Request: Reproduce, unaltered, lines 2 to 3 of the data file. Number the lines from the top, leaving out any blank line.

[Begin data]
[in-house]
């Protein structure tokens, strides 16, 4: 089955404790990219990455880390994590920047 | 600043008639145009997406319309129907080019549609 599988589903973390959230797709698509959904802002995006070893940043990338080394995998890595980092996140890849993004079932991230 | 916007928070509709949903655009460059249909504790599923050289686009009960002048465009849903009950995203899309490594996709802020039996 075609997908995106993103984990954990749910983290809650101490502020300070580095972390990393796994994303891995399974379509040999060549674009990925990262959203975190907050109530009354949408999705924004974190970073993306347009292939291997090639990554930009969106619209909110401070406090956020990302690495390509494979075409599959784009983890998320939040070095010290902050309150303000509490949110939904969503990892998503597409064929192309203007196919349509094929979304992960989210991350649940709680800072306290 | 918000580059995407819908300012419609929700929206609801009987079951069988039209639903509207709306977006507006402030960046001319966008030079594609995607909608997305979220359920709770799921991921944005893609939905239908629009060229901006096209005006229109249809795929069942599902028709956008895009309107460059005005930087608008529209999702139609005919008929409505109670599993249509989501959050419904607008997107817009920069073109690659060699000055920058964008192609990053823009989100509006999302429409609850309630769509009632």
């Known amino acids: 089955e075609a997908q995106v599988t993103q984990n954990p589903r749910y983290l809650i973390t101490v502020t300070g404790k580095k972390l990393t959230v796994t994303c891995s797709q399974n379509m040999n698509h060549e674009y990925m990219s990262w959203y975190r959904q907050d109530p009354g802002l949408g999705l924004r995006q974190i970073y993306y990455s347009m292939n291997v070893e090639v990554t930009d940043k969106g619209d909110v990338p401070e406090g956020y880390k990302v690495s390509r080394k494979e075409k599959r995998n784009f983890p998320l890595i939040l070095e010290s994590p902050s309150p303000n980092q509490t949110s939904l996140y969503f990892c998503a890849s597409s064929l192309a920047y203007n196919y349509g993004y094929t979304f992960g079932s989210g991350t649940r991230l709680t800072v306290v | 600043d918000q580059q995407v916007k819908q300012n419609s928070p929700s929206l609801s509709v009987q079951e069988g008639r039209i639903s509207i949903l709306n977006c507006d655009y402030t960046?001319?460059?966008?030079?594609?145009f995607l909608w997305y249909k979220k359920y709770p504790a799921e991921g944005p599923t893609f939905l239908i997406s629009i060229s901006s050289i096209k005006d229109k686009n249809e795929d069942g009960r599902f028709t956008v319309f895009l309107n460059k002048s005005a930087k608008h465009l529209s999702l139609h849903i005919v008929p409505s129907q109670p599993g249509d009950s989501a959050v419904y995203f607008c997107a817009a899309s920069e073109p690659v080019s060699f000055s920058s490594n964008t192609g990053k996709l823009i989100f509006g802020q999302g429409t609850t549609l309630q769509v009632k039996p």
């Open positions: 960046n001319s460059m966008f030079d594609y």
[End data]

């Protein structure tokens, strides 16, 4: 089955404790990219990455880390994590920047 | 600043008639145009997406319309129907080019549609 599988589903973390959230797709698509959904802002995006070893940043990338080394995998890595980092996140890849993004079932991230 | 916007928070509709949903655009460059249909504790599923050289686009009960002048465009849903009950995203899309490594996709802020039996 075609997908995106993103984990954990749910983290809650101490502020300070580095972390990393796994994303891995399974379509040999060549674009990925990262959203975190907050109530009354949408999705924004974190970073993306347009292939291997090639990554930009969106619209909110401070406090956020990302690495390509494979075409599959784009983890998320939040070095010290902050309150303000509490949110939904969503990892998503597409064929192309203007196919349509094929979304992960989210991350649940709680800072306290 | 918000580059995407819908300012419609929700929206609801009987079951069988039209639903509207709306977006507006402030960046001319966008030079594609995607909608997305979220359920709770799921991921944005893609939905239908629009060229901006096209005006229109249809795929069942599902028709956008895009309107460059005005930087608008529209999702139609005919008929409505109670599993249509989501959050419904607008997107817009920069073109690659060699000055920058964008192609990053823009989100509006999302429409609850309630769509009632």
């Known amino acids: 089955e075609a997908q995106v599988t993103q984990n954990p589903r749910y983290l809650i973390t101490v502020t300070g404790k580095k972390l990393t959230v796994t994303c891995s797709q399974n379509m040999n698509h060549e674009y990925m990219s990262w959203y975190r959904q907050d109530p009354g802002l949408g999705l924004r995006q974190i970073y993306y990455s347009m292939n291997v070893e090639v990554t930009d940043k969106g619209d909110v990338p401070e406090g956020y880390k990302v690495s390509r080394k494979e075409k599959r995998n784009f983890p998320l890595i939040l070095e010290s994590p902050s309150p303000n980092q509490t949110s939904l996140y969503f990892c998503a890849s597409s064929l192309a920047y203007n196919y349509g993004y094929t979304f992960g079932s989210g991350t649940r991230l709680t800072v306290v | 600043d918000q580059q995407v916007k819908q300012n419609s928070p929700s929206l609801s509709v009987q079951e069988g008639r039209i639903s509207i949903l709306n977006c507006d655009y402030t960046?001319?460059?966008?030079?594609?145009f995607l909608w997305y249909k979220k359920y709770p504790a799921e991921g944005p599923t893609f939905l239908i997406s629009i060229s901006s050289i096209k005006d229109k686009n249809e795929d069942g009960r599902f028709t956008v319309f895009l309107n460059k002048s005005a930087k608008h465009l529209s999702l139609h849903i005919v008929p409505s129907q109670p599993g249509d009950s989501a959050v419904y995203f607008c997107a817009a899309s920069e073109p690659v080019s060699f000055s920058s490594n964008t192609g990053k996709l823009i989100f509006g802020q999302g429409t609850t549609l309630q769509v009632k039996p």